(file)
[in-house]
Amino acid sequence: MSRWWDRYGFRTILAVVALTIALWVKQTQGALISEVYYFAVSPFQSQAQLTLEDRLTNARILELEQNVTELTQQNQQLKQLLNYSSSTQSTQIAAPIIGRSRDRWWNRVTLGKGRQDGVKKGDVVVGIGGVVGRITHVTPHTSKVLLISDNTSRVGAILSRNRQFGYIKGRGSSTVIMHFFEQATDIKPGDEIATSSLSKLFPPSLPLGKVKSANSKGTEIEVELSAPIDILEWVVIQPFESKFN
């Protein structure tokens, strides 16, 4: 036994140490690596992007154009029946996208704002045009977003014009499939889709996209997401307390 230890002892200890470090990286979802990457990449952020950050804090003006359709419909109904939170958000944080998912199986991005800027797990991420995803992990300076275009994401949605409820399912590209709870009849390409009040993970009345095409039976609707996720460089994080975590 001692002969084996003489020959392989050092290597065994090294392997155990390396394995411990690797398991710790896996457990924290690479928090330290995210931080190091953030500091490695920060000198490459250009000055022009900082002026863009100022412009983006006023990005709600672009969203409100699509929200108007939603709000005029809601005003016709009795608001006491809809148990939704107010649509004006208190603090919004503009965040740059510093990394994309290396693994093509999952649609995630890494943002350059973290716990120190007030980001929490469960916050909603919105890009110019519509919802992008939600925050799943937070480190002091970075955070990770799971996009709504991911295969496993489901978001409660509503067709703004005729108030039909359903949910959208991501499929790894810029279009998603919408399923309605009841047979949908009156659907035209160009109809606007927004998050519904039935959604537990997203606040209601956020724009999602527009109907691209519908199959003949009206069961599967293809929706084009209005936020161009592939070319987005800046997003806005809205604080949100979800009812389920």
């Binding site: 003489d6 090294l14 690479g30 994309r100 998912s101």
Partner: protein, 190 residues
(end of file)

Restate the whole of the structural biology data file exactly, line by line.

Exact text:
[in-house]
Amino acid sequence: MSRWWDRYGFRTILAVVALTIALWVKQTQGALISEVYYFAVSPFQSQAQLTLEDRLTNARILELEQNVTELTQQNQQLKQLLNYSSSTQSTQIAAPIIGRSRDRWWNRVTLGKGRQDGVKKGDVVVGIGGVVGRITHVTPHTSKVLLISDNTSRVGAILSRNRQFGYIKGRGSSTVIMHFFEQATDIKPGDEIATSSLSKLFPPSLPLGKVKSANSKGTEIEVELSAPIDILEWVVIQPFESKFN
């Protein structure tokens, strides 16, 4: 036994140490690596992007154009029946996208704002045009977003014009499939889709996209997401307390 230890002892200890470090990286979802990457990449952020950050804090003006359709419909109904939170958000944080998912199986991005800027797990991420995803992990300076275009994401949605409820399912590209709870009849390409009040993970009345095409039976609707996720460089994080975590 001692002969084996003489020959392989050092290597065994090294392997155990390396394995411990690797398991710790896996457990924290690479928090330290995210931080190091953030500091490695920060000198490459250009000055022009900082002026863009100022412009983006006023990005709600672009969203409100699509929200108007939603709000005029809601005003016709009795608001006491809809148990939704107010649509004006208190603090919004503009965040740059510093990394994309290396693994093509999952649609995630890494943002350059973290716990120190007030980001929490469960916050909603919105890009110019519509919802992008939600925050799943937070480190002091970075955070990770799971996009709504991911295969496993489901978001409660509503067709703004005729108030039909359903949910959208991501499929790894810029279009998603919408399923309605009841047979949908009156659907035209160009109809606007927004998050519904039935959604537990997203606040209601956020724009999602527009109907691209519908199959003949009206069961599967293809929706084009209005936020161009592939070319987005800046997003806005809205604080949100979800009812389920």
């Binding site: 003489d6 090294l14 690479g30 994309r100 998912s101």
Partner: protein, 190 residues